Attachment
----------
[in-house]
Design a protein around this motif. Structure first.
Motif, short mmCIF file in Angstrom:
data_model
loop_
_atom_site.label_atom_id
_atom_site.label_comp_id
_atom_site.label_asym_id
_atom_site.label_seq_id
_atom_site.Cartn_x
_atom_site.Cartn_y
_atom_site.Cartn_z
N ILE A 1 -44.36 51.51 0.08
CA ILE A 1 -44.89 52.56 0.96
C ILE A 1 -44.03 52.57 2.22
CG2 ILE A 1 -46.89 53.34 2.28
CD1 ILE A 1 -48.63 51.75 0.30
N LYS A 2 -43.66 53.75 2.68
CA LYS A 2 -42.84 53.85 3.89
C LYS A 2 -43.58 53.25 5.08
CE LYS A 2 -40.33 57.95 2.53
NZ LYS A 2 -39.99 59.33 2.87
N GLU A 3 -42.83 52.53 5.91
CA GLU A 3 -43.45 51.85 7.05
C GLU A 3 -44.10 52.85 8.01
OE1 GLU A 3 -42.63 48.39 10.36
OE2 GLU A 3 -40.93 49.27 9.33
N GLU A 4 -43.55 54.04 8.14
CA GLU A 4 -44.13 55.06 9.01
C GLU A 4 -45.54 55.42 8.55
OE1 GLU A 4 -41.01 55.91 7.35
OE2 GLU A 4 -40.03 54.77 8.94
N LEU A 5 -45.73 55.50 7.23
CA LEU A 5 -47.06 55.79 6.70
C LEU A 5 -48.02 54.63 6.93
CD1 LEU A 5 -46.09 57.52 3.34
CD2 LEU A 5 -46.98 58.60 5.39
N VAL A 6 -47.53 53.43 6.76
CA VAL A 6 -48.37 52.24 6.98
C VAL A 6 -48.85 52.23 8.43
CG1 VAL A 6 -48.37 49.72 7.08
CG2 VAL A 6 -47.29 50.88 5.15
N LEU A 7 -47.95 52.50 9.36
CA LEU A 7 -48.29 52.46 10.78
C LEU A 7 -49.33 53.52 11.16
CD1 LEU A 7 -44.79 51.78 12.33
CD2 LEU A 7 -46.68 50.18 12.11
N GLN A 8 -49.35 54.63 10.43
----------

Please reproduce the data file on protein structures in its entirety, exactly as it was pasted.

[in-house]
Design a protein around this motif. Structure first.
Motif, short mmCIF file in Angstrom:
data_model
loop_
_atom_site.label_atom_id
_atom_site.label_comp_id
_atom_site.label_asym_id
_atom_site.label_seq_id
_atom_site.Cartn_x
_atom_site.Cartn_y
_atom_site.Cartn_z
N ILE A 1 -44.36 51.51 0.08
CA ILE A 1 -44.89 52.56 0.96
C ILE A 1 -44.03 52.57 2.22
CG2 ILE A 1 -46.89 53.34 2.28
CD1 ILE A 1 -48.63 51.75 0.30
N LYS A 2 -43.66 53.75 2.68
CA LYS A 2 -42.84 53.85 3.89
C LYS A 2 -43.58 53.25 5.08
CE LYS A 2 -40.33 57.95 2.53
NZ LYS A 2 -39.99 59.33 2.87
N GLU A 3 -42.83 52.53 5.91
CA GLU A 3 -43.45 51.85 7.05
C GLU A 3 -44.10 52.85 8.01
OE1 GLU A 3 -42.63 48.39 10.36
OE2 GLU A 3 -40.93 49.27 9.33
N GLU A 4 -43.55 54.04 8.14
CA GLU A 4 -44.13 55.06 9.01
C GLU A 4 -45.54 55.42 8.55
OE1 GLU A 4 -41.01 55.91 7.35
OE2 GLU A 4 -40.03 54.77 8.94
N LEU A 5 -45.73 55.50 7.23
CA LEU A 5 -47.06 55.79 6.70
C LEU A 5 -48.02 54.63 6.93
CD1 LEU A 5 -46.09 57.52 3.34
CD2 LEU A 5 -46.98 58.60 5.39
N VAL A 6 -47.53 53.43 6.76
CA VAL A 6 -48.37 52.24 6.98
C VAL A 6 -48.85 52.23 8.43
CG1 VAL A 6 -48.37 49.72 7.08
CG2 VAL A 6 -47.29 50.88 5.15
N LEU A 7 -47.95 52.50 9.36
CA LEU A 7 -48.29 52.46 10.78
C LEU A 7 -49.33 53.52 11.16
CD1 LEU A 7 -44.79 51.78 12.33
CD2 LEU A 7 -46.68 50.18 12.11
N GLN A 8 -49.35 54.63 10.43